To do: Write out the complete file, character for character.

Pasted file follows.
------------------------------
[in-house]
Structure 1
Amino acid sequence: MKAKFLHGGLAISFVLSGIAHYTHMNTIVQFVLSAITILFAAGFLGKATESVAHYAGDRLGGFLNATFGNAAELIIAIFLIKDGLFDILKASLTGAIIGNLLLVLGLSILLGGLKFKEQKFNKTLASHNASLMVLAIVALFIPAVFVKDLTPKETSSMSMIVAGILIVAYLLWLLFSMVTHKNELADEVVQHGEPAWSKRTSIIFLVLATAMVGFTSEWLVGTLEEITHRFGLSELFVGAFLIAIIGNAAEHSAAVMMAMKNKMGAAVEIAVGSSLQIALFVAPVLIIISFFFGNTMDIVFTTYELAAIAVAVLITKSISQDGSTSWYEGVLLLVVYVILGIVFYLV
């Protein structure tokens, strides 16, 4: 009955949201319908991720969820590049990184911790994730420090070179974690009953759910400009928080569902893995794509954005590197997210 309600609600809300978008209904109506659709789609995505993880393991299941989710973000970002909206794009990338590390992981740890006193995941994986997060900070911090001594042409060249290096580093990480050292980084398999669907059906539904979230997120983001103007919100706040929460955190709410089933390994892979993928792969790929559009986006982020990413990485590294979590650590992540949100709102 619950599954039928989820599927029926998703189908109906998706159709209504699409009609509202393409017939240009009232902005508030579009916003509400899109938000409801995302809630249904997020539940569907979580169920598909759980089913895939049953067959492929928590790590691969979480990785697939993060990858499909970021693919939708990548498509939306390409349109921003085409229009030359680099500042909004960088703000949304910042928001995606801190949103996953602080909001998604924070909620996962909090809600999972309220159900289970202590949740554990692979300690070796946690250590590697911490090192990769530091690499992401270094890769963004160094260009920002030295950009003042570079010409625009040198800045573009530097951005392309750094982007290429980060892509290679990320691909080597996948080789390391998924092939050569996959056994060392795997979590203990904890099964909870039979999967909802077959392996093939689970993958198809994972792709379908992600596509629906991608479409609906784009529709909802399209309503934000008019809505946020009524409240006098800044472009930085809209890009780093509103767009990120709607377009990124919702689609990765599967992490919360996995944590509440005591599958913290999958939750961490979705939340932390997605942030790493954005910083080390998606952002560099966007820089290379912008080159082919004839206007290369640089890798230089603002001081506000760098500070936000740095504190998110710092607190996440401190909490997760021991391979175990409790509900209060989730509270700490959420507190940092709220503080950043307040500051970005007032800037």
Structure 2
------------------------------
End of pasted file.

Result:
[in-house]
Structure 1
Amino acid sequence: MKAKFLHGGLAISFVLSGIAHYTHMNTIVQFVLSAITILFAAGFLGKATESVAHYAGDRLGGFLNATFGNAAELIIAIFLIKDGLFDILKASLTGAIIGNLLLVLGLSILLGGLKFKEQKFNKTLASHNASLMVLAIVALFIPAVFVKDLTPKETSSMSMIVAGILIVAYLLWLLFSMVTHKNELADEVVQHGEPAWSKRTSIIFLVLATAMVGFTSEWLVGTLEEITHRFGLSELFVGAFLIAIIGNAAEHSAAVMMAMKNKMGAAVEIAVGSSLQIALFVAPVLIIISFFFGNTMDIVFTTYELAAIAVAVLITKSISQDGSTSWYEGVLLLVVYVILGIVFYLV
């Protein structure tokens, strides 16, 4: 009955949201319908991720969820590049990184911790994730420090070179974690009953759910400009928080569902893995794509954005590197997210 309600609600809300978008209904109506659709789609995505993880393991299941989710973000970002909206794009990338590390992981740890006193995941994986997060900070911090001594042409060249290096580093990480050292980084398999669907059906539904979230997120983001103007919100706040929460955190709410089933390994892979993928792969790929559009986006982020990413990485590294979590650590992540949100709102 619950599954039928989820599927029926998703189908109906998706159709209504699409009609509202393409017939240009009232902005508030579009916003509400899109938000409801995302809630249904997020539940569907979580169920598909759980089913895939049953067959492929928590790590691969979480990785697939993060990858499909970021693919939708990548498509939306390409349109921003085409229009030359680099500042909004960088703000949304910042928001995606801190949103996953602080909001998604924070909620996962909090809600999972309220159900289970202590949740554990692979300690070796946690250590590697911490090192990769530091690499992401270094890769963004160094260009920002030295950009003042570079010409625009040198800045573009530097951005392309750094982007290429980060892509290679990320691909080597996948080789390391998924092939050569996959056994060392795997979590203990904890099964909870039979999967909802077959392996093939689970993958198809994972792709379908992600596509629906991608479409609906784009529709909802399209309503934000008019809505946020009524409240006098800044472009930085809209890009780093509103767009990120709607377009990124919702689609990765599967992490919360996995944590509440005591599958913290999958939750961490979705939340932390997605942030790493954005910083080390998606952002560099966007820089290379912008080159082919004839206007290369640089890798230089603002001081506000760098500070936000740095504190998110710092607190996440401190909490997760021991391979175990409790509900209060989730509270700490959420507190940092709220503080950043307040500051970005007032800037």
Structure 2